Waste of public funds by NHS CFS. NHS would be better off improving data quality and NHS CFS should focus on drugs/prescriptions fraud and contracts fraud. In many inner cities with mobile and temporary population no GP can establish accurate record of registered population because patients do not communicate to their registered GPs.
Great article Dr Weston. I completely agree with all the key points you have made. Couldn’t have put it better. We read the new challenges of NHS GP work few years ago and left this sector just over two years ago.
The new contract, extended access, increased mandatory work load, reduced work force and politically driven healthcare will continue to drive more GPs down this route of suicides or mental health break downs. Good luck to GPs working in inner cities and high disease burdens.
BMA and their legal team should take the DoH to court on the basis of unfair and unrealistic contracts for GPs providing evidence of unreasonable work-load detrimental to health of the provider and unsafe clinical practice.
CCGs and referral management leads consistently ignore key quality indicator for referrals- conversion rate from 1st referral to a diagnosis or hospital treatment. Incentive for improving conversion rates, access to high quality ‘map of medicine’ and inter-practice referral group to include mapping of GP based expertise are areas we have used to improve quality of referrals in BIRMINGHAM. It has worked very well and besides achieving high conversion rate, we had lowest referral rate and lowest emergency attendances and admission in the region.
In summary - incentivise for quality indicators and not as hoc quantity parameters.
Good clinical judgement on prescribing OTC medicine is needed. There is evidence that with some patients the placebo effect of the OTC stops them going to A & E (which costs a lot more) than giving them a OTC medicine.
This is not unexpected. Many GP practices in our region have invested in similar Federations with very woolly plans and promises. There are no additional financial resources or funding available within NHS. None of these GP Practices will see any return on their investment in the next 5 years. Some like the one above will go into liquidation. The only people who will make money from these ventures are inexperienced GP Board members of the Federations. The Five Year Forward view for Primary Care is to formulate policies and unsustainable structures leading to break-up of current GP provider model through disruption and underfunding and bring in private providers.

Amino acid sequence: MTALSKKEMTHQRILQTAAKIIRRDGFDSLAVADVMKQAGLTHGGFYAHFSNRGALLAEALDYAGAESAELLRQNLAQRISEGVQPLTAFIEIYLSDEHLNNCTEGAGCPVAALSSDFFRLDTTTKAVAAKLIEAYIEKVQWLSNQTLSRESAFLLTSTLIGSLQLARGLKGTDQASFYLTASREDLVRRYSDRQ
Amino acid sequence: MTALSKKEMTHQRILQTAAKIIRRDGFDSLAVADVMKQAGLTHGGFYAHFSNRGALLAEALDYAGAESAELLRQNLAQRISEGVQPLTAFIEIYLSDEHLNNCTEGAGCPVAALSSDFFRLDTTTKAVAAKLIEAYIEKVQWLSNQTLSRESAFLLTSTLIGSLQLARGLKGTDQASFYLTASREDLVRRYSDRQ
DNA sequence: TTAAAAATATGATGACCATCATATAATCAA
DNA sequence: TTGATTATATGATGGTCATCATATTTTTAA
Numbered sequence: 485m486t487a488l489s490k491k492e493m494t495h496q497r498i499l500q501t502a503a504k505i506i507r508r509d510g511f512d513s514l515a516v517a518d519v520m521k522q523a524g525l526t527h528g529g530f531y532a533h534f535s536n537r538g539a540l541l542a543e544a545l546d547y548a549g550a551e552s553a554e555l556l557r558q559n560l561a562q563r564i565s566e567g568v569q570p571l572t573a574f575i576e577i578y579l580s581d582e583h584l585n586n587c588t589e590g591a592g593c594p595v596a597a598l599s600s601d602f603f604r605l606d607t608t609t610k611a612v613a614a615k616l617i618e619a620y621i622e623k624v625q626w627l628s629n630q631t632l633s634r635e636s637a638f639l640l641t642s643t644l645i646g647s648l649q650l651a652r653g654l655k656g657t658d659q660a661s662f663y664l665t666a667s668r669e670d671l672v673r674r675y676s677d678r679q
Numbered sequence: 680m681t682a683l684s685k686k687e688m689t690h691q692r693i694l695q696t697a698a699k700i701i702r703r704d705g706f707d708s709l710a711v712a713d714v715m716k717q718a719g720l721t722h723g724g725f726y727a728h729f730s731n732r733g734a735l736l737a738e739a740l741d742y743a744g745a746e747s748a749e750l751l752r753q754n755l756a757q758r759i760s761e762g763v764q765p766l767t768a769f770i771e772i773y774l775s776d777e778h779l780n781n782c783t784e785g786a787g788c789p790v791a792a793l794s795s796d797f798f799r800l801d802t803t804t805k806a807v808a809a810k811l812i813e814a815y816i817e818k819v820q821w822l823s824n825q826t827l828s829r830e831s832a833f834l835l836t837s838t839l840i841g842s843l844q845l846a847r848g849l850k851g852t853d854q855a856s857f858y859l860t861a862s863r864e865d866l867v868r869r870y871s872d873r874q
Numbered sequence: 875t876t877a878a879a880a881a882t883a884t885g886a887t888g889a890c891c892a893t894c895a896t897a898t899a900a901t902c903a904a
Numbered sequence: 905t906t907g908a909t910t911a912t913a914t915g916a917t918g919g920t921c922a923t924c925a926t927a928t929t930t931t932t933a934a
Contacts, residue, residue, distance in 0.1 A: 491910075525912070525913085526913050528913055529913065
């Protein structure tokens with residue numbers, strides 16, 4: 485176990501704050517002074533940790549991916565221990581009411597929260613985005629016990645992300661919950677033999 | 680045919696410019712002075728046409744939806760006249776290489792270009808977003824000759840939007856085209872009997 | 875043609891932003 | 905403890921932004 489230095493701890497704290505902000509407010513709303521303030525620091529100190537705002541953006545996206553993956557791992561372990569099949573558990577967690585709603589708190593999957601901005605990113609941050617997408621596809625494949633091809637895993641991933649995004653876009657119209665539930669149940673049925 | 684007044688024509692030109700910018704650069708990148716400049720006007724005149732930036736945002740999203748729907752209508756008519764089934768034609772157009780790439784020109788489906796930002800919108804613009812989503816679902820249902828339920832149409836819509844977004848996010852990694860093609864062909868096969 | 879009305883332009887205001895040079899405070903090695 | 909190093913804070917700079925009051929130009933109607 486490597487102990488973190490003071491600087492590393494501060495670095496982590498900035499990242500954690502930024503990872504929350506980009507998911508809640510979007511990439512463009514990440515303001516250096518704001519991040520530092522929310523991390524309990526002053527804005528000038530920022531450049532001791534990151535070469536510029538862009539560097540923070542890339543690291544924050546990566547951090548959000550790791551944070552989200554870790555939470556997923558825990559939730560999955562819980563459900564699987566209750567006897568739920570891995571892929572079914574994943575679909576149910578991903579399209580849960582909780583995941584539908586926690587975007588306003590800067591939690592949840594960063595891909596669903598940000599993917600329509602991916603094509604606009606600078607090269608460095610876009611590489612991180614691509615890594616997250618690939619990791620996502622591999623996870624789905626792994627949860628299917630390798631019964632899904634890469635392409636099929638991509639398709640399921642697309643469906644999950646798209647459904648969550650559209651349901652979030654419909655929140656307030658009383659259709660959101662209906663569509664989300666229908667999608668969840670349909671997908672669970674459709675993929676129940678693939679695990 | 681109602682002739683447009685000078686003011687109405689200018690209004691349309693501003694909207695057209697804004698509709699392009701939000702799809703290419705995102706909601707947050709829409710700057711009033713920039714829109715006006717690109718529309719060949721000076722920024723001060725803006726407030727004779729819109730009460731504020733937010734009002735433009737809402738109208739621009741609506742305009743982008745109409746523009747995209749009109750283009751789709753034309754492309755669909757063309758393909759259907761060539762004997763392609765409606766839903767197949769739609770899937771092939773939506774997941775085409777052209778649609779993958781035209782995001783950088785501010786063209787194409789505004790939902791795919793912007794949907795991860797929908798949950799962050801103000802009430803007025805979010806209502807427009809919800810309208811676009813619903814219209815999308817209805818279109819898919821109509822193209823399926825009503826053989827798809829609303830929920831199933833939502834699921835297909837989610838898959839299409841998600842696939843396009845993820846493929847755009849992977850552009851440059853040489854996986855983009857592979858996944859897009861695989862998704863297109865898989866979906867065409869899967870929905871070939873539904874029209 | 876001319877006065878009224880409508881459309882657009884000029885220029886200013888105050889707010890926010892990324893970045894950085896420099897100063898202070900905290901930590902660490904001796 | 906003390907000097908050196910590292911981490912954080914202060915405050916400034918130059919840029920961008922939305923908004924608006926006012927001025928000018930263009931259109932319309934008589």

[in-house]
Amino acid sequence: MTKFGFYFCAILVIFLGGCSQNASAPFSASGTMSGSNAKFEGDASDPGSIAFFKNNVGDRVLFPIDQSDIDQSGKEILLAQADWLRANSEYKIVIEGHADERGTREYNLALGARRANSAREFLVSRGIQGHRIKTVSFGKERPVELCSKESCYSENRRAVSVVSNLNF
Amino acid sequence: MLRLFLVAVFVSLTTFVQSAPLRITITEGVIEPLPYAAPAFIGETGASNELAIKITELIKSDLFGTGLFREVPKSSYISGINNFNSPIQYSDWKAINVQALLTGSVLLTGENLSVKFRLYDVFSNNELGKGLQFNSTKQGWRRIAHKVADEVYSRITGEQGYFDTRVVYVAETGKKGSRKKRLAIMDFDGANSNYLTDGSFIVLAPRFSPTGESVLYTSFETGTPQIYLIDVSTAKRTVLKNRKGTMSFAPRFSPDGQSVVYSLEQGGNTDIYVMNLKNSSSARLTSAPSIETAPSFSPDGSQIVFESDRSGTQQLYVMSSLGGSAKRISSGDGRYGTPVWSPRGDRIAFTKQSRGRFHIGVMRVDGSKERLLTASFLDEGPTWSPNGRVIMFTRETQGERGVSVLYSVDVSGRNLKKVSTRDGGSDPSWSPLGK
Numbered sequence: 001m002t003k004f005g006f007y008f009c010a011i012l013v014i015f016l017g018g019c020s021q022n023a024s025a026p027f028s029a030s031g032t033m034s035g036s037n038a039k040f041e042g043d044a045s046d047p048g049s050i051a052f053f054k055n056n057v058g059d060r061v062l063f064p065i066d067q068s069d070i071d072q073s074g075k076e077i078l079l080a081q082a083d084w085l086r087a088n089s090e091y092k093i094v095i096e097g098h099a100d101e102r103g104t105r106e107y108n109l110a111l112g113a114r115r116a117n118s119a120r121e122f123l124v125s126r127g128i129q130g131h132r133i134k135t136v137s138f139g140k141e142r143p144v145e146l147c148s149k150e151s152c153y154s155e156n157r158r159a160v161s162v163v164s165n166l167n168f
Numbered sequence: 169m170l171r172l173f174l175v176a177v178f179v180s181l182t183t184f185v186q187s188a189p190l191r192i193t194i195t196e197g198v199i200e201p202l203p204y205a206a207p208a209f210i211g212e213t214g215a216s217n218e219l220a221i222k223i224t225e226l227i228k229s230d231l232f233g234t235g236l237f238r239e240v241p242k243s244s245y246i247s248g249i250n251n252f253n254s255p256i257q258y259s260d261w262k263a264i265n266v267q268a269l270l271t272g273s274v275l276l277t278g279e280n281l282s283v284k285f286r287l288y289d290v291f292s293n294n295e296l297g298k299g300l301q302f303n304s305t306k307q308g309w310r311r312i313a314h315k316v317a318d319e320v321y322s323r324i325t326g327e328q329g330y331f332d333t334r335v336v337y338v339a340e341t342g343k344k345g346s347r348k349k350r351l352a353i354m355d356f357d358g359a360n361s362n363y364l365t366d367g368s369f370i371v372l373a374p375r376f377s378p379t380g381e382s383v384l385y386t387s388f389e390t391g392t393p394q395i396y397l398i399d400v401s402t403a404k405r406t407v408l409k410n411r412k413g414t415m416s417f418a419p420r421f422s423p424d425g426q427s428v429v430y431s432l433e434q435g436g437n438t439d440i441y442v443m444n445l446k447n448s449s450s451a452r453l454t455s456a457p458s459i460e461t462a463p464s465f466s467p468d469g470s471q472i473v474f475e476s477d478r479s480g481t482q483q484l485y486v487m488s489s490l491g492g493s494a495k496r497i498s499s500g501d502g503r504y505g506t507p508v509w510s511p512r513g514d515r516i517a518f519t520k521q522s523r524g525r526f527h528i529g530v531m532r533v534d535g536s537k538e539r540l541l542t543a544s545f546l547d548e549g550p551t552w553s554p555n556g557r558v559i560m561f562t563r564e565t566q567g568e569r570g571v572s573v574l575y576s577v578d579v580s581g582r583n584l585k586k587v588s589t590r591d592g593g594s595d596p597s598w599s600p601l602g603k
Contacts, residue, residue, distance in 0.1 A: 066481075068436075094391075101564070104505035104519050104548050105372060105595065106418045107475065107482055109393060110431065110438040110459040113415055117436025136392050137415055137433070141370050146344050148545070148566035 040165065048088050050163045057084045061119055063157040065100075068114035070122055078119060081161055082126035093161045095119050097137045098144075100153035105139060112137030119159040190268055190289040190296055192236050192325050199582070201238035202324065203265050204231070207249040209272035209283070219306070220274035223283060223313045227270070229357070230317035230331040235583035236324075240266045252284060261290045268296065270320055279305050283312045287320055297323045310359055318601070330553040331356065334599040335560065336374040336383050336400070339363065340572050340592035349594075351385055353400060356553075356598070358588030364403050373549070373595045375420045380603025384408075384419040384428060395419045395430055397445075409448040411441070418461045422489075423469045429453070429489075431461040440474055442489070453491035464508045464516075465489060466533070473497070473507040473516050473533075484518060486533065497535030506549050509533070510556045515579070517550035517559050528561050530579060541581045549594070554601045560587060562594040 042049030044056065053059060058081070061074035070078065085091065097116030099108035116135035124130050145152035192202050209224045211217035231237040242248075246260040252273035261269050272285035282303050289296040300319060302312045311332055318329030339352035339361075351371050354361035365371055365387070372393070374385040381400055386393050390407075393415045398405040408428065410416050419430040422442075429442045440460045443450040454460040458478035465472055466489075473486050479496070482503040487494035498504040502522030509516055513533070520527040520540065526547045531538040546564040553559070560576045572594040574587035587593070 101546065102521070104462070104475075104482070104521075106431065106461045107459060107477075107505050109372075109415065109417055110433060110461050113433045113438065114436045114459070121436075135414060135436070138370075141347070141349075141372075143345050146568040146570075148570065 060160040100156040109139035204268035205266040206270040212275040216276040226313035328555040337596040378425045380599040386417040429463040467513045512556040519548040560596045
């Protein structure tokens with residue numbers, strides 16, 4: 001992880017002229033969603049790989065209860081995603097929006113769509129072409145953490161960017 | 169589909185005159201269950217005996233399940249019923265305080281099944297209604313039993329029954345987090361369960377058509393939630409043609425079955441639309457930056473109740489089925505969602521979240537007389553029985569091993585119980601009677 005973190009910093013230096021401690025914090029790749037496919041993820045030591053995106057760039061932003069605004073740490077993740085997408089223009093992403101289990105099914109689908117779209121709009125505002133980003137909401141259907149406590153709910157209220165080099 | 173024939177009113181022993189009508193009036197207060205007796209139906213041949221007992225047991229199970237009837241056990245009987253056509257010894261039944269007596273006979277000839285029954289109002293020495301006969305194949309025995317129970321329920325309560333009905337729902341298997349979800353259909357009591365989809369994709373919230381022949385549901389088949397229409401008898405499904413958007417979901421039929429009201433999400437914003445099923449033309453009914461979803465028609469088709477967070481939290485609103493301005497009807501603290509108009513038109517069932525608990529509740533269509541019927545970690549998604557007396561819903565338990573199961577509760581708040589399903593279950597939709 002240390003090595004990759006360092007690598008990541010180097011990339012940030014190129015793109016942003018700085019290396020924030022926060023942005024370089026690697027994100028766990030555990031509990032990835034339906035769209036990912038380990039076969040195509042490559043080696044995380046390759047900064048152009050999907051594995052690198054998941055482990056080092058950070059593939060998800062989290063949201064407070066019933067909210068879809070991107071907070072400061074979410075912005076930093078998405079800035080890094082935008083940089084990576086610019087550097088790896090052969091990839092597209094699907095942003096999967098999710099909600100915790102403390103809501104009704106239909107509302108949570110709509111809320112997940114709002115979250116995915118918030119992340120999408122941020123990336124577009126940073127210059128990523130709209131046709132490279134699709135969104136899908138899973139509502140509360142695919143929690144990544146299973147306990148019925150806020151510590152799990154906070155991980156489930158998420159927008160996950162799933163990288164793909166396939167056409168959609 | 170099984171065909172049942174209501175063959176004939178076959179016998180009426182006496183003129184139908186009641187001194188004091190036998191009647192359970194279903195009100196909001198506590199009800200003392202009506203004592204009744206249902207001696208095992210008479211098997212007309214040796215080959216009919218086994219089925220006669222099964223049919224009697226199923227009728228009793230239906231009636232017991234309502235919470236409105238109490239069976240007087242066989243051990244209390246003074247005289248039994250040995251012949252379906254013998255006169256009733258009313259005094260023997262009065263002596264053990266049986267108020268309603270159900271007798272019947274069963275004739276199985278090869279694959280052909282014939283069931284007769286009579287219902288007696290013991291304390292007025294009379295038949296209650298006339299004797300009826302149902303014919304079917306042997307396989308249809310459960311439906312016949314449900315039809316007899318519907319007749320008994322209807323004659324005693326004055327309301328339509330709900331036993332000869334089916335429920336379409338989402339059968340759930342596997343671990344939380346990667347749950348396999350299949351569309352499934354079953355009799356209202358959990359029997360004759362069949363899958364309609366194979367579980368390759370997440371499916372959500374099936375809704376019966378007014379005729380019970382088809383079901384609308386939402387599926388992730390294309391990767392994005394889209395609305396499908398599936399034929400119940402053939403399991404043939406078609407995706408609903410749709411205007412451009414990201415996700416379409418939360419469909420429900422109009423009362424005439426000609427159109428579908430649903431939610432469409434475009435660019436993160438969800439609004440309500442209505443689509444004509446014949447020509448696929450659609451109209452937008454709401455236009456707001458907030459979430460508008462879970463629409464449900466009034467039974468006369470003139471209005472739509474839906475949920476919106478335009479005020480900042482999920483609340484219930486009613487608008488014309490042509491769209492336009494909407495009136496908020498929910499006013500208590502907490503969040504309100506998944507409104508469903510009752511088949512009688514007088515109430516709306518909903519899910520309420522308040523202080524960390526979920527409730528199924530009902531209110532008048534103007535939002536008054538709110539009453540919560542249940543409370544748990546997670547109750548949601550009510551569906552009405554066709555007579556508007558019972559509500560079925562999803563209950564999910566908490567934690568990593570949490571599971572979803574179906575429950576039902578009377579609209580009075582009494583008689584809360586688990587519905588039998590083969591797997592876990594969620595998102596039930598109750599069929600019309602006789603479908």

Dr Peter Patel - Development Director. Grange Hill Surgery
A Practice with list of 2000 patients is still viable for a single handed GP or two part-time GPs. While the CCG primary care committee (where members have conflict of interest) block mergers, there good legal and sound methods to achieve transfer of the Practice as long as they it is a GMS contract. There are ways to achieve sustainability in the current market place via alliances or federated models. For PMS contract holders, the way forward would be to change the contract to GMS and then manage the rest. Bankruptcy is not an option for self-employed GPs. They have personal assets and pension funds which will be taken into account for the purpose of bankruptcy. It appears it may be too late to save this Practice. I would have been happy to help this Practice and their GPs or in future any other GPs to manage such problems.
Dr Peter Patel – Non-clinical Partner & Development Director. Grange Hill Surgery. Birmingham
The whole proposal for scaling up is unscientific and poorly constructed. People who come up with these proposals should be sent back to training courses in health economics and business management. Scaling up in Primary Care and merging sites will not reduce the need for GPs. This will remain at a minimum of one GP per 1900 patients. To manage additional workload being imposed on GPs, we will not only need more GPs but also alternative workforce (such as Physicians Associates and Clinical Pharmacists). There is nothing in the current UK workforce development strategy that will build the required capacity of GPs and allied professionals in the next 7-10 years. Even staying in EU will not solve this problem. Meanwhile, our so called experts on transformation and change management will keep on bullying GPs and Practices to accept their new messy models and bringing chaos to the health care needs of the population. There is significant evidence that large practices have poor clinical outcomes as compared to small practices. Many in the health care system believe that the current policy of the government is to bring in disruption to the system and force privatisation on the back of failed GP led system.